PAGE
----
In the 4th edition of its report Key Players in the Global Additives Industry, UK-based Leatherhead estimates that the global food additives market was worth US$25.44bn in 2009, up more than 11 per cent on its 2005 value.
Emulsifiers, hydrocolloids and enzymes are all identified as being on the rise, with double-digit growth over this period. Hydrocolloids now make up 17 per cent of the market, and highly versatile hydrocolloids like gelatine and pectin, used the world over and appreciated for their versatility, are the fastest growing. New opportunities have also arisen from health and wellness trends, especially to make up for the reduction of fat, sugar and salt in foods.
Emulsifiers make up 7 per cent of the market and fat replacers have proven particularly successful. The most-used emulsifier is lecithin, which can also be used in combination with other soy-derived ingredients.
Enzymes are included under ‘other’, a category with a 15 per cent share. Growth is primarily driven by new products for the bakery and brewing industries, and demand is high from Asia Pacific. On the other hand, Leatherhead recognises that the GM origin of most enzymes is a potential threat to the industry due to negative consumer perceptions.
Natural and health trends
The flavours sector remains the industry’s largest, however, with global sales over $6.77bn accounting for 27 per cent of the category.
In both flavours and colours (the latter representing 5 per cent of category) growth rates for natural have far outstripped those for synthetic and artificial alternatives. This reflects end-used perspectives, as there has been a major drive towards more natural food and foods with added health benefits.
Indeed, ingredients for functional foods that are said to contribute to better health, and dietary supplement, were worth some $5.52bn in 2009, with soy proteins and isoflavones, omega-3 fatty acids, probiotics and prebiotics proving the biggest hitters.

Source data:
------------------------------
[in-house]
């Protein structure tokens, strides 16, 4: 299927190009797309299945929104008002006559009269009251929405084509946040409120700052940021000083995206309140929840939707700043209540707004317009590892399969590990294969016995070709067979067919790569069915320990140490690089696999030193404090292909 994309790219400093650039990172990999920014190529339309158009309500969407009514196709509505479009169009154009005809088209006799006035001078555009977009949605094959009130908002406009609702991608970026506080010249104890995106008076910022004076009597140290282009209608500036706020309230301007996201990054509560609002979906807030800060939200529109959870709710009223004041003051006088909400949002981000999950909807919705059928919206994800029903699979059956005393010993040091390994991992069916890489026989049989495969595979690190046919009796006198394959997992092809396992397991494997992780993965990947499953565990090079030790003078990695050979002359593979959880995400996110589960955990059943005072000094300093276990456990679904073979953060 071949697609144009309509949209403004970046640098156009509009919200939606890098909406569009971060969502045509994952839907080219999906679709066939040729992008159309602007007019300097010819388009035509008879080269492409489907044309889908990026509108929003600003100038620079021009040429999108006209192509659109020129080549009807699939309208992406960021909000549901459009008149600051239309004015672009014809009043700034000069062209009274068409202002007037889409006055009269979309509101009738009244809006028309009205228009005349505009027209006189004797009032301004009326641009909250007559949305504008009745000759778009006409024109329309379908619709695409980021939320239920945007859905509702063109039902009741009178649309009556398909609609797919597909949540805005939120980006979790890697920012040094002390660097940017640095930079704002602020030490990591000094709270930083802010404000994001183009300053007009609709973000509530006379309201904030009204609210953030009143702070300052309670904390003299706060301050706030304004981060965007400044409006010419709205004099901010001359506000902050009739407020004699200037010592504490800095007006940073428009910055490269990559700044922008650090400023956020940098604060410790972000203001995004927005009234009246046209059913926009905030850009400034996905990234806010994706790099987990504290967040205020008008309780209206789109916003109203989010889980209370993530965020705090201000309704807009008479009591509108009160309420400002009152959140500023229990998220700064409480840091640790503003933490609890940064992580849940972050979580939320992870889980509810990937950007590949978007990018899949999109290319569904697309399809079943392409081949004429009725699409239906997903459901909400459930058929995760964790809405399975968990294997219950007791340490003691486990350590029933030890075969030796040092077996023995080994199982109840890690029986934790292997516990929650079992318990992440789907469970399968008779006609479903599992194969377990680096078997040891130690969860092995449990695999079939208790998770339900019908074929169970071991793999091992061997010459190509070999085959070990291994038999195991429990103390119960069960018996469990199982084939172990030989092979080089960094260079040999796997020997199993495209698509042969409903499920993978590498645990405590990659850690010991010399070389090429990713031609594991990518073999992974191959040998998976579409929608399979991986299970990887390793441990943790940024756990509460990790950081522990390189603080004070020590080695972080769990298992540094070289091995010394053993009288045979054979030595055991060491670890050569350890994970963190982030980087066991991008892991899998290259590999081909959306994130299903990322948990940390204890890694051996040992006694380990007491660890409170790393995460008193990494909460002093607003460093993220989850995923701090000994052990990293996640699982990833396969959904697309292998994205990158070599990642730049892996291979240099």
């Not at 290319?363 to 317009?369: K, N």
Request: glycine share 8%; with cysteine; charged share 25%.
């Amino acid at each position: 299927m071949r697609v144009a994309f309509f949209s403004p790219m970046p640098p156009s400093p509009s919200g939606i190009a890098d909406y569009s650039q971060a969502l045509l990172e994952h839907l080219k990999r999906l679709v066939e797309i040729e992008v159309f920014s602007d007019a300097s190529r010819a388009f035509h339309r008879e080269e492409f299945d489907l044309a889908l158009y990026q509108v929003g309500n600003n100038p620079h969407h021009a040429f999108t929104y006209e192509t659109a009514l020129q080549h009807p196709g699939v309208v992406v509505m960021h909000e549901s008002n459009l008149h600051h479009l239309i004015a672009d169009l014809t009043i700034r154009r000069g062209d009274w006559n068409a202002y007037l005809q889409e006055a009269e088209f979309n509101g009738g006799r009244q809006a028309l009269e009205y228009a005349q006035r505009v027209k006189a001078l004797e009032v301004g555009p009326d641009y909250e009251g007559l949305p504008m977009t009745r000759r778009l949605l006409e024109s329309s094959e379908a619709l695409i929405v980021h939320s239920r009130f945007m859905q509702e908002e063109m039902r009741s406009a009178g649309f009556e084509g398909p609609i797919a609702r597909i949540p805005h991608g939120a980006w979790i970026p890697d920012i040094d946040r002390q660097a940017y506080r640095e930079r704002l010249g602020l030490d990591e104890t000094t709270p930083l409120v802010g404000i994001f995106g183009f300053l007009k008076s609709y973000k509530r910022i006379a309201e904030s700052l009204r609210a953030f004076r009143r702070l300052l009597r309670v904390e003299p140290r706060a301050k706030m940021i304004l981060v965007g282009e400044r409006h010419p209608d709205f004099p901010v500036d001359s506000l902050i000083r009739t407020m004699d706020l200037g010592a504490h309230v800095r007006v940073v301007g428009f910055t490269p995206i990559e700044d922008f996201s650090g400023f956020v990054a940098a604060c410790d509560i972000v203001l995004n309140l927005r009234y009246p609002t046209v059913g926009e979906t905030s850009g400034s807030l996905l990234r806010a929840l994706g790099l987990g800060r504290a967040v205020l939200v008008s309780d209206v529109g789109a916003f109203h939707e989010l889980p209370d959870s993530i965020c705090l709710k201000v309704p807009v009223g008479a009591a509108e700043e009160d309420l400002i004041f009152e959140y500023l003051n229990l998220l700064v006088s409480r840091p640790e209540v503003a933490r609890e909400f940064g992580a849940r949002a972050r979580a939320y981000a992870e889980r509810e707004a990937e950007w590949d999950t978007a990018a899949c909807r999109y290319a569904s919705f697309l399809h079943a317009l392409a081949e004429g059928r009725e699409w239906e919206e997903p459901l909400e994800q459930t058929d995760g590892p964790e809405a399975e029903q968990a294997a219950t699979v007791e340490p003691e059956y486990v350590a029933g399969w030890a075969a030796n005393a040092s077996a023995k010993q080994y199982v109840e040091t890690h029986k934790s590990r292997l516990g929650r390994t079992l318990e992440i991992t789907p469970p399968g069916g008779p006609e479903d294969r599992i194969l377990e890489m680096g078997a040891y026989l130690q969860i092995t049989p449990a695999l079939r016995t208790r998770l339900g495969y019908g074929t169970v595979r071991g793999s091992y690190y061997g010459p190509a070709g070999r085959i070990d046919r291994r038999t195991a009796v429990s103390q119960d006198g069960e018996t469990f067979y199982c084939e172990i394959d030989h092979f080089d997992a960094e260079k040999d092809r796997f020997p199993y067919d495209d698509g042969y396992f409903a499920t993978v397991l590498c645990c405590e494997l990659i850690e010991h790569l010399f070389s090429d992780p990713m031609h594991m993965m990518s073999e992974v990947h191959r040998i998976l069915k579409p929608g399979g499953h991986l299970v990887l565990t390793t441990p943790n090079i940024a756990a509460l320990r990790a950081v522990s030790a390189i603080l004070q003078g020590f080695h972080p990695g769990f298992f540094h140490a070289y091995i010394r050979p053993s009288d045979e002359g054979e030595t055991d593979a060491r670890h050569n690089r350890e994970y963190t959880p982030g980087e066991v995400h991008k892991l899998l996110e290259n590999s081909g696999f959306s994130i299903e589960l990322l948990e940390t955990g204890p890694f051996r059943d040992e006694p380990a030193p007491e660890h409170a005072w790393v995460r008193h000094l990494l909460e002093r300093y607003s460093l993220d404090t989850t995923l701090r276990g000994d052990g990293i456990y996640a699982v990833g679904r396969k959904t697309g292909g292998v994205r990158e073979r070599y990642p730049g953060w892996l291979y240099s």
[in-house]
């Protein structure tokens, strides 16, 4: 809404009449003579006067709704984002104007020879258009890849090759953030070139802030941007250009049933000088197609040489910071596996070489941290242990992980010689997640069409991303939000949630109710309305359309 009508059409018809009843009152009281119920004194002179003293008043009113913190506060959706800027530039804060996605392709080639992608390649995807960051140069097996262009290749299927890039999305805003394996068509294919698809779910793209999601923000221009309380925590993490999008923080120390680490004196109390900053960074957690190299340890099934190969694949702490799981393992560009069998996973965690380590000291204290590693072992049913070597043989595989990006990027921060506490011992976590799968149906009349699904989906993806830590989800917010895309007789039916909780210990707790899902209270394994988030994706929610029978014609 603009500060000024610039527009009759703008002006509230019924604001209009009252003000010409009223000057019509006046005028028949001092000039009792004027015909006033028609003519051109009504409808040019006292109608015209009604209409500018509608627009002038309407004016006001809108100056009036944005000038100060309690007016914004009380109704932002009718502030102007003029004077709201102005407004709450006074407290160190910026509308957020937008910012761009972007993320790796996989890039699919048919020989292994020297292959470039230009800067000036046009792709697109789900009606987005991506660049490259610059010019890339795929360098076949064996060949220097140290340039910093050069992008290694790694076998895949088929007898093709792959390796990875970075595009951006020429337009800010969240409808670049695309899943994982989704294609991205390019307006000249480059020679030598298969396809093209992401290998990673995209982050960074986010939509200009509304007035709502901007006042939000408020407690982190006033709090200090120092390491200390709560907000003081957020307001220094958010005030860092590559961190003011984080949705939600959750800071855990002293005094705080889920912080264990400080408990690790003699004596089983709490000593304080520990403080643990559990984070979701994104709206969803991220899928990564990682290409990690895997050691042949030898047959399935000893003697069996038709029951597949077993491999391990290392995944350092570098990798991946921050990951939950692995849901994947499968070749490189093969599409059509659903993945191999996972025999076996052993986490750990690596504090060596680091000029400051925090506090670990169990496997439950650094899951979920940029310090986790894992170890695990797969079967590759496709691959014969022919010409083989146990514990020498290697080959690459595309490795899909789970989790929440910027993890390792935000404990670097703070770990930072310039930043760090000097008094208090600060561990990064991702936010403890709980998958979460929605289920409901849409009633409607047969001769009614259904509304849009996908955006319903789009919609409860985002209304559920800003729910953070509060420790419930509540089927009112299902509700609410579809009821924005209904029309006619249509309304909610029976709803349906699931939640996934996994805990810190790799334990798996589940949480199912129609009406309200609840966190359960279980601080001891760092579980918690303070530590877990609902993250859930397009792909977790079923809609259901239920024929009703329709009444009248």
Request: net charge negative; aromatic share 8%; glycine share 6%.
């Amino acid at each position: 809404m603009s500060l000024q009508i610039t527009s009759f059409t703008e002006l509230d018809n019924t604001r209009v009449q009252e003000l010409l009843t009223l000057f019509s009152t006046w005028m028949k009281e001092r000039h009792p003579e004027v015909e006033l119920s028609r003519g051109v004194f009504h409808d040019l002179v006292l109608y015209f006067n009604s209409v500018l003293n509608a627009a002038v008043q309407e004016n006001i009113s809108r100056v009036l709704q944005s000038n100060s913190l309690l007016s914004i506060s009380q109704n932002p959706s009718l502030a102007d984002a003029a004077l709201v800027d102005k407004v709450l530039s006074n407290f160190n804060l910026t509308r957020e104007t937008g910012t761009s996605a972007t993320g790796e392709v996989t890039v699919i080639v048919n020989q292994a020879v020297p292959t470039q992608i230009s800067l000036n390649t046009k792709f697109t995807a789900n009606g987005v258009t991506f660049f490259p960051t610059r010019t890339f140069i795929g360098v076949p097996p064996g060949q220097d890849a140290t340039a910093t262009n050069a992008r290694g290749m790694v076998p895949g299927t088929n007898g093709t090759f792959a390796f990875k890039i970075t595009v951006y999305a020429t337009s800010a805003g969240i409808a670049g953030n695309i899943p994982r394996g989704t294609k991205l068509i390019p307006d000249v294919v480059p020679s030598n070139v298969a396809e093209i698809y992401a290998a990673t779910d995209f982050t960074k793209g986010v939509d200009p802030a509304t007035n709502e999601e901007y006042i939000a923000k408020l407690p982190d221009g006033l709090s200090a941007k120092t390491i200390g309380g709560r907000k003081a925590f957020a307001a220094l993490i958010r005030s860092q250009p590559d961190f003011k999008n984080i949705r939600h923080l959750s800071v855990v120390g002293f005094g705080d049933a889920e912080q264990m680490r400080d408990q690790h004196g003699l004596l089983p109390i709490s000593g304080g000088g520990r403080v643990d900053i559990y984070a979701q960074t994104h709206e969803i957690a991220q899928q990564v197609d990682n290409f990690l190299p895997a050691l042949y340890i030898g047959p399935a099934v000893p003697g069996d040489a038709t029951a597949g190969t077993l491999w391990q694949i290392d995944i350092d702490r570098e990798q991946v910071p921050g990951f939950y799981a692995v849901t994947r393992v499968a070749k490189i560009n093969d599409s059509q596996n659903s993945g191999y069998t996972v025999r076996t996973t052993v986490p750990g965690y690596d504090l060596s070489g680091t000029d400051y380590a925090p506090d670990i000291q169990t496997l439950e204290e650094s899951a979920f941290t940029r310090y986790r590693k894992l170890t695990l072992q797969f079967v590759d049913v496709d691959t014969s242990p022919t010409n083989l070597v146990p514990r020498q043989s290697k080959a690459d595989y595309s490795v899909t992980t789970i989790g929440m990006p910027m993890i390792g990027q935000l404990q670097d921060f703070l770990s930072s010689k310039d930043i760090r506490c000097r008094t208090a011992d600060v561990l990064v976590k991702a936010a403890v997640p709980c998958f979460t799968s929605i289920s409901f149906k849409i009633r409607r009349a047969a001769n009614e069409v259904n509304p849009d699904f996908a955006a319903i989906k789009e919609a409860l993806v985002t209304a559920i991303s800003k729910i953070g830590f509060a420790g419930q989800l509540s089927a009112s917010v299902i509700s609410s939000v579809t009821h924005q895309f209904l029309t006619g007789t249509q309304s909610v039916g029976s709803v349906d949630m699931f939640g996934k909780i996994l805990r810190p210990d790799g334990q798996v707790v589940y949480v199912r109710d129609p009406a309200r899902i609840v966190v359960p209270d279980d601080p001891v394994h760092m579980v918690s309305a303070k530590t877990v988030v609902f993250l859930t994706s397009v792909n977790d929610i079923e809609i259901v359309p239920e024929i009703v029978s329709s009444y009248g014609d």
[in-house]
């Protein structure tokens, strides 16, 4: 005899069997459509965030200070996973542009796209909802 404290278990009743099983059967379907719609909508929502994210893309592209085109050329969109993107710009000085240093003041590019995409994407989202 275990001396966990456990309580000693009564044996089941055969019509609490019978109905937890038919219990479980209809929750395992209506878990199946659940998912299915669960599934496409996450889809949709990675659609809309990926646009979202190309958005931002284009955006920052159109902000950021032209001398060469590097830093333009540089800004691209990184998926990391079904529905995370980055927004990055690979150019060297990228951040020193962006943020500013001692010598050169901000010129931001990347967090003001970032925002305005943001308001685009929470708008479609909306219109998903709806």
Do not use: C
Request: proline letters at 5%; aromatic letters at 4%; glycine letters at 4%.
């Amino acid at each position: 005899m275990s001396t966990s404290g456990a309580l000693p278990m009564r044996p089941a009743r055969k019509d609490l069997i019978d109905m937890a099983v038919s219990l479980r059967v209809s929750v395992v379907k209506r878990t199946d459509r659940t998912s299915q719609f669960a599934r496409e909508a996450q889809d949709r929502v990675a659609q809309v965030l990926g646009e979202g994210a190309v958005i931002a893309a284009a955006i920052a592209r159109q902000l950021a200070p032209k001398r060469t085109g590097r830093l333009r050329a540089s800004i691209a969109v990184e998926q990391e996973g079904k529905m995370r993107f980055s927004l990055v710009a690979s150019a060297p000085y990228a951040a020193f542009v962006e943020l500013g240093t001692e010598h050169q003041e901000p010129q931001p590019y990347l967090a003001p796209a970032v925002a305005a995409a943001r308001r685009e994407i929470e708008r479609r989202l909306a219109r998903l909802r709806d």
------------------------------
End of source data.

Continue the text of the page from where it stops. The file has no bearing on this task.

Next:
The report identifies the major players in the food ingredients arena. Cargill occupies the top spot by sales, followed by BASF and Archer Daniel Midland, although sales for the latter two include non-additive products. Associated British Foods and Ajinomoto complete the top-5.
Most companies specialise in a relatively narrow store of food additives – although the larger agrifoods companies have activities across many areas and are seen as an exception.
Leatherhead notes a relatively high level of merger and acquisition activity in recent years, especially as some companies have wanted to carve off commodity activities and focus instead on higher value-added and specialty ingredients.
Just last month two major deals were announced: BASF is buying Cognis for €1.3bn, and Corn Products International is buying National Starch for $3.1bn.
More information on Leatherhead’s new report Key Players in the Global Additives Industry is available fromhttp://www.leatherheadfood.com.